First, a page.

My daughters were 3 and 7 the first time I traveled alone with them. As I loaded our bags into the back of the car and headed for the airport, I wondered if I was making a big mistake. Their dad was very hands-on and helped a lot in those early parenting days, and here I was, heading off on a weeklong trip with two small children without him. What was I thinking?
We live in a small town of around 10,000 people, and although it's a great place to raise kids, it's a stark contrast from my own upbringing in the city, where we regularly visited museums and art galleries, went to plays, and spent weekends ice-skating or picnicking in wildlife parks and zoos.
I didn't want my kids to miss out on those experiences only cities can offer. I started to get the travel bug. My work is flexible, but my now ex-husband's wasn't. If I wanted to take the girls traveling, I was going to have to do it alone.
Planning is the key to making travel with young kids enjoyable. My first step was figuring out how to board a plane with three people's luggage. The best decision I made was to buy the girls their own carry-on bags.
I found inexpensive, wheeled suitcases with handles: big enough to fit all their clothes but small enough for my 3-year-old to pull behind her. I also packed a small day bag with snacks, drink bottles, baby wipes, bandages, sun hats, sunscreen, and a soft toy for each child.
Kids like to know what's happening — especially when they're out of their usual routine — so before the trip, I created a schedule for each day. Vacations with their dad were often busy and spontaneous. He liked to pack the day full of activities and had a ton of energy to deal with any mishaps. But I knew that wouldn't work for me alone with the girls.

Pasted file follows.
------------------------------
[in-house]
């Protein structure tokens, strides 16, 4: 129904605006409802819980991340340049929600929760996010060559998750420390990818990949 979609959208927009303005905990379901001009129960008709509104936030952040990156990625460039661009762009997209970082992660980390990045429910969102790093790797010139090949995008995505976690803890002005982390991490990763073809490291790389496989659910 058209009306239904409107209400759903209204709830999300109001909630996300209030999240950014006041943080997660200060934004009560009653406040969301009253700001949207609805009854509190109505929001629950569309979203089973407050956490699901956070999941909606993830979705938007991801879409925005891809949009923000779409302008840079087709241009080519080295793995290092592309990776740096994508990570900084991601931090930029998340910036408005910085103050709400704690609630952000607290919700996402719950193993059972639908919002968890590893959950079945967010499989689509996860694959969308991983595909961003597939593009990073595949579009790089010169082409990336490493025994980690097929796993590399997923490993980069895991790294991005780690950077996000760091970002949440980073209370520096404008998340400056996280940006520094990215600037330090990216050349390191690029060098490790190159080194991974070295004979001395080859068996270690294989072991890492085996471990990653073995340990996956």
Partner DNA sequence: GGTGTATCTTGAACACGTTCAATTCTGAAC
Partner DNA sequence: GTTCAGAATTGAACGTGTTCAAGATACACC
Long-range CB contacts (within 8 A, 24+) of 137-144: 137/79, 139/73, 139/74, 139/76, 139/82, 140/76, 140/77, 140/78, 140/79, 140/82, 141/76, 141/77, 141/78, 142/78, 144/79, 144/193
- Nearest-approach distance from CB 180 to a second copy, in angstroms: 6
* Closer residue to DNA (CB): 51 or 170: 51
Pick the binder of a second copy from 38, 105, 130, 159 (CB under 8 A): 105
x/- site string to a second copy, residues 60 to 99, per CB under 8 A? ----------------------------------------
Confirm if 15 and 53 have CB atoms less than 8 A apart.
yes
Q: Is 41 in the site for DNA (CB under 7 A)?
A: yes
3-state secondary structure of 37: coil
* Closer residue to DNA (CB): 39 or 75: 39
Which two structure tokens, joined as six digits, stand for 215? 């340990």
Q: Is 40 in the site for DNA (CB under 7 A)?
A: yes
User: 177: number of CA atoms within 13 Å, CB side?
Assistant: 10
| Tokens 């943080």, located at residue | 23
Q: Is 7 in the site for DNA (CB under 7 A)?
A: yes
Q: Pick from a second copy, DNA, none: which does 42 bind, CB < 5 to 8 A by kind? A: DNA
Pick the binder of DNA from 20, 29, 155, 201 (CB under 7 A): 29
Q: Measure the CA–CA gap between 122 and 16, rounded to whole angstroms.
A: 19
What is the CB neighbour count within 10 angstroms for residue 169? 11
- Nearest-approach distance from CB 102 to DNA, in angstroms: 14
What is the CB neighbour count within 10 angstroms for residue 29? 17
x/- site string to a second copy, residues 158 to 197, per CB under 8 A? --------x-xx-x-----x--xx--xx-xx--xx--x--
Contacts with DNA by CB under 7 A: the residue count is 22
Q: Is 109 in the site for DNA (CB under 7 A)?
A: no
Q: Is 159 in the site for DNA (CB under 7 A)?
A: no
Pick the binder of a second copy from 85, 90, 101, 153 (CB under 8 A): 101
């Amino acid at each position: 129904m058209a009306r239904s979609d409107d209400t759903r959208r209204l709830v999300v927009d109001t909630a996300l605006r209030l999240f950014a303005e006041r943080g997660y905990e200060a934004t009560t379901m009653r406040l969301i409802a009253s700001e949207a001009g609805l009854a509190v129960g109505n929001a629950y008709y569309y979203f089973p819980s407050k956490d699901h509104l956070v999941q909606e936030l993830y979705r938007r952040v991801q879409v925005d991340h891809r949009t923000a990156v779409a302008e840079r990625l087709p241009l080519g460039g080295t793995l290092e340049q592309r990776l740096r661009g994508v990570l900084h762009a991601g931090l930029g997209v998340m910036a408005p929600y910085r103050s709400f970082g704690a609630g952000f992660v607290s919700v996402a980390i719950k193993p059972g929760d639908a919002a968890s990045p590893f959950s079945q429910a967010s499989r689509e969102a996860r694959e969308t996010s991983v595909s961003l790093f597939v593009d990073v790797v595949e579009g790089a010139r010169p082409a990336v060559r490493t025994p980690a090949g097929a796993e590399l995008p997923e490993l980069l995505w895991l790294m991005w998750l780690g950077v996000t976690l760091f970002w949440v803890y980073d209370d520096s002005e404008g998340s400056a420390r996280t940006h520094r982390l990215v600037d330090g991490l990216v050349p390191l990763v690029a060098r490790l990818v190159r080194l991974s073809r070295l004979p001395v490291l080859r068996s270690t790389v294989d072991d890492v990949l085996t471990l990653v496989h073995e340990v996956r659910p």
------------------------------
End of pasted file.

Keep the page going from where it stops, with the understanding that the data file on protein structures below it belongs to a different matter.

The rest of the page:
Our schedule involved just one activity in the morning and one in the afternoon. There's only so far a 3-year-old can walk without tantrums, so I also planned exactly which bus, train, tram, and taxi we'd be catching each day to and from our accommodation.
For our first trip, I'd picked Wellington, a city I was familiar with. We visited a space observatory and museum, then picnicked and played at the park in the beautiful gardens nearby. The best thing about planning your trip well, other than less grumpy, tired kids, is you can research and book events and shows in advance. After the park, we took a tram ride down into the city to see a kid's show I'd booked weeks earlier — something we probably would have missed out on with our more spontaneous vacations.
With just the three of us, I could travel at the girl's speed. If they loved something, we could stay longer. If they were tired, we could head back to our accommodation and have a rest. We spent an entire day in a huge six-floor interactive museum called Te Papa, and after six hours, the girls still didn't want to leave. The whole trip went smoothly, and we loved it.
It's been 10 years since our first solo trip, and we've had plenty since then. Now that I'm remarried, and we have a blended family with four kids aged 7 to 17, traveling separately works even better. It's impossible to please everyone.
The youngest wants to go to the zoo; the 11-year-old wants to see a vintage car museum; the teens want to shop and visit art galleries. Vacations with various combinations of parents and children means we can all do what we want.
In a few weeks, my teen girls and I are heading off on our own again for a couple of nights. We've booked a show and plan to go ice skating. We love our girl's weekends and look forward to many, many more.2023-09-24T13:32:02Z dg43tfdfdgfd